Eman El-Sheikh, Ph.D.
As educators, we understand that students learn best through doing, rather than observing, which is why it is so critical that cybersecurity curriculum includes access to experiential, hands-on learning opportunities. Join us for a discussion on the context and current landscape of public-private partnership initiatives, including a snapshot of relevant Executive Orders, legislation, frameworks, and national-level curriculum. Our session will examine how partnering academic institutions with National Security Agencies, Federal/State/Local Government, and Industry to establish an ecosystem of cybersecurity centers to stimulate interest from a diverse group of students and expand the cybersecurity workforce pipeline. We'll cover the critical gaps that exist and then share public/private models for an innovation ecosystem that can complement, enhance, or otherwise close existing gaps, using the Florida Cyber Range as an example.
Eric Yocam, Ph.D.
Researchers at UW CIAC in collaboration with T-Mobile, launched a Cooperative Education Model (CEM) closing the gap between academia and high performance in a cybersecurity career. CEM acclimates students to corporate culture, connects academic learning with the rapidly changing cybersecurity threats that corporations address daily and accelerates professional cybersecurity career development.
The presenters will outline the CEM components, research and innovative features of a model that resulted in the entire first student cooperative education cohort receiving job offers from the participating corporation. Workshop participants will meet corporate partners, faculty and students through video interviews discussing different key aspects of CEM which expose students to the broad spectrum of cybersecurity opportunities available at our first corporate partner. Other CEM components, an accelerated learning model with a professional cybersecurity certificate, a capstone, paid work experience, bridges between academia and industry with industry and CAE professional development seminars will be covered in the workshop
T-Mobile leadership, with a vested interest in growing and retaining their own cybersecurity staff, is sharing the success of CEM with other corporations in the area to encourage CEM adaptation to retain and mature their own cybersecurity professionals. For other universities, close collaboration between academia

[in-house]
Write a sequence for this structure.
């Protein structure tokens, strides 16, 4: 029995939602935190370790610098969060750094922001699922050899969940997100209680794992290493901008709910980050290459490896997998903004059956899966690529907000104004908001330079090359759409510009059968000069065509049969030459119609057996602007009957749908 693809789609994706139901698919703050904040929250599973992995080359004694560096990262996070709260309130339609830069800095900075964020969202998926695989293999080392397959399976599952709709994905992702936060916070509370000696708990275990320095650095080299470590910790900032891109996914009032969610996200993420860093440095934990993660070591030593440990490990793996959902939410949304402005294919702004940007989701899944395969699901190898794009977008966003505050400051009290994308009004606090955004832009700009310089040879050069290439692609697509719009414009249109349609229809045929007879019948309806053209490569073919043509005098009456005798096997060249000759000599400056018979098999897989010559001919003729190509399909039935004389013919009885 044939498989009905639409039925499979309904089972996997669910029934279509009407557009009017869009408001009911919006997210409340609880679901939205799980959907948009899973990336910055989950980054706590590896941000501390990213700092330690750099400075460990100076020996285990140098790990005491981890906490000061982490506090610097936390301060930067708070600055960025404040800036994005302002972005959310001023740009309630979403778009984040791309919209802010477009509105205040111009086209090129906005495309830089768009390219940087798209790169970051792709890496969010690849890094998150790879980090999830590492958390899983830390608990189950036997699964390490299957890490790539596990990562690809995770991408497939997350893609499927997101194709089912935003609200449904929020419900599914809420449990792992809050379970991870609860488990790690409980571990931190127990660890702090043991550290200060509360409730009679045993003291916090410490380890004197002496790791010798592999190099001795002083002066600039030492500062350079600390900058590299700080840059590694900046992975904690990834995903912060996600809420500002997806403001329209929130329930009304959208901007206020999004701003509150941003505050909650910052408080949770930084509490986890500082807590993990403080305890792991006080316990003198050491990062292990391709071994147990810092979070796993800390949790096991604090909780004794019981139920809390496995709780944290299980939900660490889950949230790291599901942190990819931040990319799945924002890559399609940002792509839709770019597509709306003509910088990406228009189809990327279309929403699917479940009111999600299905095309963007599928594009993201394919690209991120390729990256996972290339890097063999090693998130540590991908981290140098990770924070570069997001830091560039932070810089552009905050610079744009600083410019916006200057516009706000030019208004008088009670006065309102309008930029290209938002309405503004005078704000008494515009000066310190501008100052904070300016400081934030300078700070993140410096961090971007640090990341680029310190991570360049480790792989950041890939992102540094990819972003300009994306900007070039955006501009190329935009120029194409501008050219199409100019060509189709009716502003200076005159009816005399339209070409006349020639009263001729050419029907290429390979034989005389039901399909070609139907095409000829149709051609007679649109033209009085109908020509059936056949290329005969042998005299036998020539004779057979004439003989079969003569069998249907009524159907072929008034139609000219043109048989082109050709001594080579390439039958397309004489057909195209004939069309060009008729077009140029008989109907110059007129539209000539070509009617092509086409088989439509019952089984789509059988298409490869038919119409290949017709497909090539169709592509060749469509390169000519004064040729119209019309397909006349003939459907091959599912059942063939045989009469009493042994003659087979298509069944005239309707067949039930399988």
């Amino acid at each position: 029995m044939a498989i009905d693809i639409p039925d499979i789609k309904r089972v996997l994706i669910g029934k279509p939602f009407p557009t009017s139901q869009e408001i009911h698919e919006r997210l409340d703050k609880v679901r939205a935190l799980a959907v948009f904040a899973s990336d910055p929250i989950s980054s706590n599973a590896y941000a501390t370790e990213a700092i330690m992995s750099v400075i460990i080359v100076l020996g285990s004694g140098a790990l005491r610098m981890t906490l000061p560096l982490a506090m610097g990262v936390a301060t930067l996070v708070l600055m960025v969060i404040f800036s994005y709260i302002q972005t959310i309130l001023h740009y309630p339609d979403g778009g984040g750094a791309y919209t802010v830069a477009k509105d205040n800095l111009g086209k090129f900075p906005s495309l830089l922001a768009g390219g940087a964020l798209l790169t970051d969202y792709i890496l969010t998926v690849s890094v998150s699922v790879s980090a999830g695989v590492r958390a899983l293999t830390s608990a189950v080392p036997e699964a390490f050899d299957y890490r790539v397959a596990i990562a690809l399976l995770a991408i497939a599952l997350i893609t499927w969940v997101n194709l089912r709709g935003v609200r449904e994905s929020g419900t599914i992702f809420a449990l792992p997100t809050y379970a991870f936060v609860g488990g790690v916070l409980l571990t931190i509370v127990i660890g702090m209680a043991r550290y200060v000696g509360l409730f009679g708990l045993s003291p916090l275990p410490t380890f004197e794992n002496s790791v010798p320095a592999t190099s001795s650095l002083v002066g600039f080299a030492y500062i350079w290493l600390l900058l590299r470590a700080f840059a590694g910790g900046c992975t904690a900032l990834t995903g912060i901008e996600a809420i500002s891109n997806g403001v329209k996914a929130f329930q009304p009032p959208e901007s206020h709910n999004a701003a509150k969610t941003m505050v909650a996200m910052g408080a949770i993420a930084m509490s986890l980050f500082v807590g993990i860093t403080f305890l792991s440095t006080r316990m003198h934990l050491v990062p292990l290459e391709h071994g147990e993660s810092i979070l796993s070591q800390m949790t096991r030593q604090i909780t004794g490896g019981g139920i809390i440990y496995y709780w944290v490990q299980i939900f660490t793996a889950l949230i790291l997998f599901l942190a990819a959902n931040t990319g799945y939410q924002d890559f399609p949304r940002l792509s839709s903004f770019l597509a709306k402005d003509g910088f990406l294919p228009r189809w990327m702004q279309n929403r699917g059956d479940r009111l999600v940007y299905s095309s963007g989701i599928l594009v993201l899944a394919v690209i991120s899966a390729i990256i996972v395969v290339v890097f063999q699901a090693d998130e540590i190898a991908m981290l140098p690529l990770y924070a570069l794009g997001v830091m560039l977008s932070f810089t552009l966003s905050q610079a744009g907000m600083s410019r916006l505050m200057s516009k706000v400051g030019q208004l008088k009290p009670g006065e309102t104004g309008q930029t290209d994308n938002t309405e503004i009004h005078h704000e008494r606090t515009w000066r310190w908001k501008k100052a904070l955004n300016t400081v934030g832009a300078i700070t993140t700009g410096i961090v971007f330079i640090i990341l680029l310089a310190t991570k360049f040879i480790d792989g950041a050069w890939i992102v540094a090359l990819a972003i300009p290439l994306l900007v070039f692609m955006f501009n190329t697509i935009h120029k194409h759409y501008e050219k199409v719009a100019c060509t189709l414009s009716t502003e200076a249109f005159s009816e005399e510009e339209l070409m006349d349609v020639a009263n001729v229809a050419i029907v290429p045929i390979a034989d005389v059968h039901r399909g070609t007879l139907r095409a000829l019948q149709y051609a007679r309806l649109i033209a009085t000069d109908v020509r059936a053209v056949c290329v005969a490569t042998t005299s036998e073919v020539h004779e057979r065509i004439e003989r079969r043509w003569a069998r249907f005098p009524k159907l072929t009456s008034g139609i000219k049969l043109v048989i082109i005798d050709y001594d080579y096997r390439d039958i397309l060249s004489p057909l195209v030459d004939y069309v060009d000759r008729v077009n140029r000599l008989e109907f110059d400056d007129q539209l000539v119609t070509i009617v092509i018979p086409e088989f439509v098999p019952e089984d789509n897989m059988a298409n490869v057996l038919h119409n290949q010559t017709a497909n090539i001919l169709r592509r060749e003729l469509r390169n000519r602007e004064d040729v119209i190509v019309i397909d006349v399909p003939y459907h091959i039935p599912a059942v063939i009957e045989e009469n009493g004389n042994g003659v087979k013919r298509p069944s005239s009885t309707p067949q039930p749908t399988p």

James D. Robinson
The new realities of cybersecurity demand that organizations develop and sustain workforce training and education programs that are engaging, sustainable and effective. The University of Dayton has pioneered a workforce education model that they have coined "Cyber-mindfulness." This presentation will share how they used benchmarking data, empirically-driven attitude & behavior "principles of influence" models and an array of creative communications strategies to successfully execute and assess a year-long intensive cybersecurity campaign.
Building a talented cyber security workforce requires a lot of talent, skills, hard work, etc., but most importantly it takes people. This nation simply does not have the amount of personnel needed, and in the coming years, will face a massive shortage of cybersecurity experts. Individuals are encouraged to work in and contribute to the cybersecurity field - however, this nation simply does not have the numbers.
As this talent and numbers fall, this nation must take advantage of all who want to work in the cyber security field, but as this nation ages, the task becomes daunting.
One possible pool of individuals is the pool of older adults who are going back to school, taking online classes, and trying to balance work and family demands with that of academic rigor; many of whom show interest in the cyber security field.
Therefore, a problem exists in how to academically train these older online adult learners that want to contribute to the cyber security field, yet allow them to balance their work-life demands.
There are several program levels that older adults can take for the Undergraduate, Masters and Doctoral Level Programs in cyber security, but the most challenging of these is at the doctoral level, where academic research is needed and to keep these individuals challenged.